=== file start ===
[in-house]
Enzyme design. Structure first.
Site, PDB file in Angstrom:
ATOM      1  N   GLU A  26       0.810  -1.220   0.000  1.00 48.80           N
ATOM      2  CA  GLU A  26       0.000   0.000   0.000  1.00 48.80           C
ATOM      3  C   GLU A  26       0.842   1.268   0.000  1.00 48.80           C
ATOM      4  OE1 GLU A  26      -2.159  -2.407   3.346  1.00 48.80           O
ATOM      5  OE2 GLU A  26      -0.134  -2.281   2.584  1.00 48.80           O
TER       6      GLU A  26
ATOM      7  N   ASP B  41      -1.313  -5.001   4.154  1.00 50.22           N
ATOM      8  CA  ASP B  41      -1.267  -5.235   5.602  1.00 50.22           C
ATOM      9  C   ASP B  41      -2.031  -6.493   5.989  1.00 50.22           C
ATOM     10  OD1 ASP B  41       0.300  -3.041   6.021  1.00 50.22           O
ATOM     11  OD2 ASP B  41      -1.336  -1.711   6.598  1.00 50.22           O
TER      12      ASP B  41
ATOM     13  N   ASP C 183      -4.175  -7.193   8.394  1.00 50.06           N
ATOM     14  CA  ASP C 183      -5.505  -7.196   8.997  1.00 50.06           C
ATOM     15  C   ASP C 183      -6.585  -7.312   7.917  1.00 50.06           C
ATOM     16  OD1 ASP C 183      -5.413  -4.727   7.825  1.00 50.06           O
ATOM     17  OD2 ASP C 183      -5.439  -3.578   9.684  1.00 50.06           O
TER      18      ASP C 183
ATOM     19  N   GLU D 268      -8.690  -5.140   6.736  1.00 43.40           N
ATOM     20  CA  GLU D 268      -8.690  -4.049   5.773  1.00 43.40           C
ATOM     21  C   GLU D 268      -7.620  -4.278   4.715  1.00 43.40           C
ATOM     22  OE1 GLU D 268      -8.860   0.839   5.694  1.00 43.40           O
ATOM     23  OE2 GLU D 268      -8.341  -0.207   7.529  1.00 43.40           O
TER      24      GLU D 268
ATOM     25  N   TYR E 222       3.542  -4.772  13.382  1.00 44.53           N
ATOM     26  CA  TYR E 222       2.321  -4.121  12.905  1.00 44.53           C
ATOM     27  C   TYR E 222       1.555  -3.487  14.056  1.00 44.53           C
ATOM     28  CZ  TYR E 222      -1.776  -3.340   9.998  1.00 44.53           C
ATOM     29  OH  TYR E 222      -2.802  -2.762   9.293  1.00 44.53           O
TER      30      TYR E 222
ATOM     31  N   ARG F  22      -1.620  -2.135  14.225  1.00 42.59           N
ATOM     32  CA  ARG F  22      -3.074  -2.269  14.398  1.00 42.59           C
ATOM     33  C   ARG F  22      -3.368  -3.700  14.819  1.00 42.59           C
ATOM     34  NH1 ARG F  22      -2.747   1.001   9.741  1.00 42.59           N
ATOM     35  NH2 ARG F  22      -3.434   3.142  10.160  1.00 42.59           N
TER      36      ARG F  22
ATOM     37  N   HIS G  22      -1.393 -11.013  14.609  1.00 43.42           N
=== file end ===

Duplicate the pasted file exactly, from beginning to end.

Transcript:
[in-house]
Enzyme design. Structure first.
Site, PDB file in Angstrom:
ATOM      1  N   GLU A  26       0.810  -1.220   0.000  1.00 48.80           N
ATOM      2  CA  GLU A  26       0.000   0.000   0.000  1.00 48.80           C
ATOM      3  C   GLU A  26       0.842   1.268   0.000  1.00 48.80           C
ATOM      4  OE1 GLU A  26      -2.159  -2.407   3.346  1.00 48.80           O
ATOM      5  OE2 GLU A  26      -0.134  -2.281   2.584  1.00 48.80           O
TER       6      GLU A  26
ATOM      7  N   ASP B  41      -1.313  -5.001   4.154  1.00 50.22           N
ATOM      8  CA  ASP B  41      -1.267  -5.235   5.602  1.00 50.22           C
ATOM      9  C   ASP B  41      -2.031  -6.493   5.989  1.00 50.22           C
ATOM     10  OD1 ASP B  41       0.300  -3.041   6.021  1.00 50.22           O
ATOM     11  OD2 ASP B  41      -1.336  -1.711   6.598  1.00 50.22           O
TER      12      ASP B  41
ATOM     13  N   ASP C 183      -4.175  -7.193   8.394  1.00 50.06           N
ATOM     14  CA  ASP C 183      -5.505  -7.196   8.997  1.00 50.06           C
ATOM     15  C   ASP C 183      -6.585  -7.312   7.917  1.00 50.06           C
ATOM     16  OD1 ASP C 183      -5.413  -4.727   7.825  1.00 50.06           O
ATOM     17  OD2 ASP C 183      -5.439  -3.578   9.684  1.00 50.06           O
TER      18      ASP C 183
ATOM     19  N   GLU D 268      -8.690  -5.140   6.736  1.00 43.40           N
ATOM     20  CA  GLU D 268      -8.690  -4.049   5.773  1.00 43.40           C
ATOM     21  C   GLU D 268      -7.620  -4.278   4.715  1.00 43.40           C
ATOM     22  OE1 GLU D 268      -8.860   0.839   5.694  1.00 43.40           O
ATOM     23  OE2 GLU D 268      -8.341  -0.207   7.529  1.00 43.40           O
TER      24      GLU D 268
ATOM     25  N   TYR E 222       3.542  -4.772  13.382  1.00 44.53           N
ATOM     26  CA  TYR E 222       2.321  -4.121  12.905  1.00 44.53           C
ATOM     27  C   TYR E 222       1.555  -3.487  14.056  1.00 44.53           C
ATOM     28  CZ  TYR E 222      -1.776  -3.340   9.998  1.00 44.53           C
ATOM     29  OH  TYR E 222      -2.802  -2.762   9.293  1.00 44.53           O
TER      30      TYR E 222
ATOM     31  N   ARG F  22      -1.620  -2.135  14.225  1.00 42.59           N
ATOM     32  CA  ARG F  22      -3.074  -2.269  14.398  1.00 42.59           C
ATOM     33  C   ARG F  22      -3.368  -3.700  14.819  1.00 42.59           C
ATOM     34  NH1 ARG F  22      -2.747   1.001   9.741  1.00 42.59           N
ATOM     35  NH2 ARG F  22      -3.434   3.142  10.160  1.00 42.59           N
TER      36      ARG F  22
ATOM     37  N   HIS G  22      -1.393 -11.013  14.609  1.00 43.42           N